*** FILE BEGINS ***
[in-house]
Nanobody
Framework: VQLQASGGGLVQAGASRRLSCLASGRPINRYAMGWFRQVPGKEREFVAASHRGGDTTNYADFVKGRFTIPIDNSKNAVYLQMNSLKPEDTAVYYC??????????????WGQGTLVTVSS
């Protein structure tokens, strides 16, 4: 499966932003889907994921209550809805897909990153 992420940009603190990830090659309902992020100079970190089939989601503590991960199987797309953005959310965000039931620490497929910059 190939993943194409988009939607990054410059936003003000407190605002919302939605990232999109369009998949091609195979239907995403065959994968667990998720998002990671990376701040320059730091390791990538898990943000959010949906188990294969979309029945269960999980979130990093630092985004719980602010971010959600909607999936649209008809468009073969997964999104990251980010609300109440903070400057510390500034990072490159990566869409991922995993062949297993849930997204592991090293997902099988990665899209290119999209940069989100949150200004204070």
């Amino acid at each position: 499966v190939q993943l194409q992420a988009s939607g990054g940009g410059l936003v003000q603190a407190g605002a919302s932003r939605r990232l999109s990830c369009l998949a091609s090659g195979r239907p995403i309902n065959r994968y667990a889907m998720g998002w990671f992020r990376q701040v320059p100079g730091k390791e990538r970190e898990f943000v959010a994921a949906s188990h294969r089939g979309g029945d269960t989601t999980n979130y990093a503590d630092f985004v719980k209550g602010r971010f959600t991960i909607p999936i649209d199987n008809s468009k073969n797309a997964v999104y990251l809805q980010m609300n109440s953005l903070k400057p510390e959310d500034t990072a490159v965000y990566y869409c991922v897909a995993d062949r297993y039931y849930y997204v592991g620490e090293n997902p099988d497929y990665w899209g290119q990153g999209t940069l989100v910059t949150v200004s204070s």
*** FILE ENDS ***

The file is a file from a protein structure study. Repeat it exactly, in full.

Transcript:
[in-house]
Nanobody
Framework: VQLQASGGGLVQAGASRRLSCLASGRPINRYAMGWFRQVPGKEREFVAASHRGGDTTNYADFVKGRFTIPIDNSKNAVYLQMNSLKPEDTAVYYC??????????????WGQGTLVTVSS
């Protein structure tokens, strides 16, 4: 499966932003889907994921209550809805897909990153 992420940009603190990830090659309902992020100079970190089939989601503590991960199987797309953005959310965000039931620490497929910059 190939993943194409988009939607990054410059936003003000407190605002919302939605990232999109369009998949091609195979239907995403065959994968667990998720998002990671990376701040320059730091390791990538898990943000959010949906188990294969979309029945269960999980979130990093630092985004719980602010971010959600909607999936649209008809468009073969997964999104990251980010609300109440903070400057510390500034990072490159990566869409991922995993062949297993849930997204592991090293997902099988990665899209290119999209940069989100949150200004204070």
């Amino acid at each position: 499966v190939q993943l194409q992420a988009s939607g990054g940009g410059l936003v003000q603190a407190g605002a919302s932003r939605r990232l999109s990830c369009l998949a091609s090659g195979r239907p995403i309902n065959r994968y667990a889907m998720g998002w990671f992020r990376q701040v320059p100079g730091k390791e990538r970190e898990f943000v959010a994921a949906s188990h294969r089939g979309g029945d269960t989601t999980n979130y990093a503590d630092f985004v719980k209550g602010r971010f959600t991960i909607p999936i649209d199987n008809s468009k073969n797309a997964v999104y990251l809805q980010m609300n109440s953005l903070k400057p510390e959310d500034t990072a490159v965000y990566y869409c991922v897909a995993d062949r297993y039931y849930y997204v592991g620490e090293n997902p099988d497929y990665w899209g290119q990153g999209t940069l989100v910059t949150v200004s204070s």